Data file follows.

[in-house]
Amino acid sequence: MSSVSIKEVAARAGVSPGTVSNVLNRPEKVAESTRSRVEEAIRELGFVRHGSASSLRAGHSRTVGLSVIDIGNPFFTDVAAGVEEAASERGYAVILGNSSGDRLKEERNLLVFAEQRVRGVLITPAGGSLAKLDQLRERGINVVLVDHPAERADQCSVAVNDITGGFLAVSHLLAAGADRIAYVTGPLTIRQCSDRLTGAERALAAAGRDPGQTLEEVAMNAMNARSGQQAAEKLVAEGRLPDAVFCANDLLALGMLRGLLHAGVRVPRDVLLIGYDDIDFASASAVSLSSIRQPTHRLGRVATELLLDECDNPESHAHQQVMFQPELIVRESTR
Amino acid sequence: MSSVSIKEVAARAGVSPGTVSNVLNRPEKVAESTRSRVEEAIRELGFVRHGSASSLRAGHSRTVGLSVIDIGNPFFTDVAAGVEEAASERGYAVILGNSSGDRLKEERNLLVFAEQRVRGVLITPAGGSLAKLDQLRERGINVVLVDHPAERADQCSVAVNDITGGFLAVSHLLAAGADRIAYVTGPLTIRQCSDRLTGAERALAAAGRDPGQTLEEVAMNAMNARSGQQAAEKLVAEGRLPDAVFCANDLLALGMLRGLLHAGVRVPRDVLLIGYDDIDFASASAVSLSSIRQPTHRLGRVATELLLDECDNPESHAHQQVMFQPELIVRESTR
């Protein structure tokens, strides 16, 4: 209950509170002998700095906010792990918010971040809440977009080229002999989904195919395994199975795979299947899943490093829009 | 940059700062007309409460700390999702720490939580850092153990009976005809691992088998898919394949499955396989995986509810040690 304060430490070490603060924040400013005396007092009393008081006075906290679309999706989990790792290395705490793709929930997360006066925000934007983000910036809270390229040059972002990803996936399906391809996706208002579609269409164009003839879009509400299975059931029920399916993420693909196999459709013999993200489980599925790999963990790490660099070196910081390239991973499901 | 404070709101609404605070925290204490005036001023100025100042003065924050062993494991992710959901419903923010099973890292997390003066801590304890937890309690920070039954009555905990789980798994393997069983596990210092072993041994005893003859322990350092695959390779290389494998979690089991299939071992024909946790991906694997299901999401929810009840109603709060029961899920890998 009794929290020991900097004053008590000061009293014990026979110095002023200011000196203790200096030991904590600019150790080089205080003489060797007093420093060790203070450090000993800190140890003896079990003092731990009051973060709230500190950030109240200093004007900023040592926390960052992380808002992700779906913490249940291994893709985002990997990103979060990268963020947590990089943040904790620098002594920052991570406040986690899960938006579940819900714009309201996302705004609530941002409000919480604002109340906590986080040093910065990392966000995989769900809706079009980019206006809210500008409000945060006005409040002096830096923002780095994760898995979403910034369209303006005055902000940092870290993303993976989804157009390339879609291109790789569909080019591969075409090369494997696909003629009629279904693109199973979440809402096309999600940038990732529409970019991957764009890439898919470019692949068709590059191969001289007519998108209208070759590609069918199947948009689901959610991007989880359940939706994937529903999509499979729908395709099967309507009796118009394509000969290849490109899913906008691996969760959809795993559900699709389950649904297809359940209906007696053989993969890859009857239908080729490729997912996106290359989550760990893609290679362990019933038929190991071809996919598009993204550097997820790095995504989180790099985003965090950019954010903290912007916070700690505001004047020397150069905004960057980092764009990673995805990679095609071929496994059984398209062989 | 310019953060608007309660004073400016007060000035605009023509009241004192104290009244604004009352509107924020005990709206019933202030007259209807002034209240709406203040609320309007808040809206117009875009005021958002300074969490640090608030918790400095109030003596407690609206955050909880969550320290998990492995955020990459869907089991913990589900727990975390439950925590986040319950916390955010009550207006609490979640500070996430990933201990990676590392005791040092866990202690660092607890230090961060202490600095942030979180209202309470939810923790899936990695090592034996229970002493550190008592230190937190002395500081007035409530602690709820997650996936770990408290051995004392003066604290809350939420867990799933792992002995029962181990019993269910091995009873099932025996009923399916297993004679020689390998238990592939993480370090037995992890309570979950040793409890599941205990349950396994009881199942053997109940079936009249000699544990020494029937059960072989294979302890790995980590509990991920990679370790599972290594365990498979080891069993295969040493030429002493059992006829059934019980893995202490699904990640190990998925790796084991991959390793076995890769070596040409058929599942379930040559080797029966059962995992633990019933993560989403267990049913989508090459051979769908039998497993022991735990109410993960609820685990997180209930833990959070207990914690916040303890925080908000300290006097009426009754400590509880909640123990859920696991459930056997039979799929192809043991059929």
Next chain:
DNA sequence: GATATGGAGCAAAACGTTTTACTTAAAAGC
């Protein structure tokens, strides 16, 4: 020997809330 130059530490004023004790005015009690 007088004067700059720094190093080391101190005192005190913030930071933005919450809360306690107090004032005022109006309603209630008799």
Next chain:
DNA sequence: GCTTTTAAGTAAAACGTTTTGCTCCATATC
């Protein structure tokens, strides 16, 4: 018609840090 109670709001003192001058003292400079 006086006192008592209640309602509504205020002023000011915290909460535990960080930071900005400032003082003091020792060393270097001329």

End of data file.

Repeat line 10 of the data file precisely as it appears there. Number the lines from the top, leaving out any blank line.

């Protein structure tokens, strides 16, 4: 018609840090 109670709001003192001058003292400079 006086006192008592209640309602509504205020002023000011915290909460535990960080930071900005400032003082003091020792060393270097001329």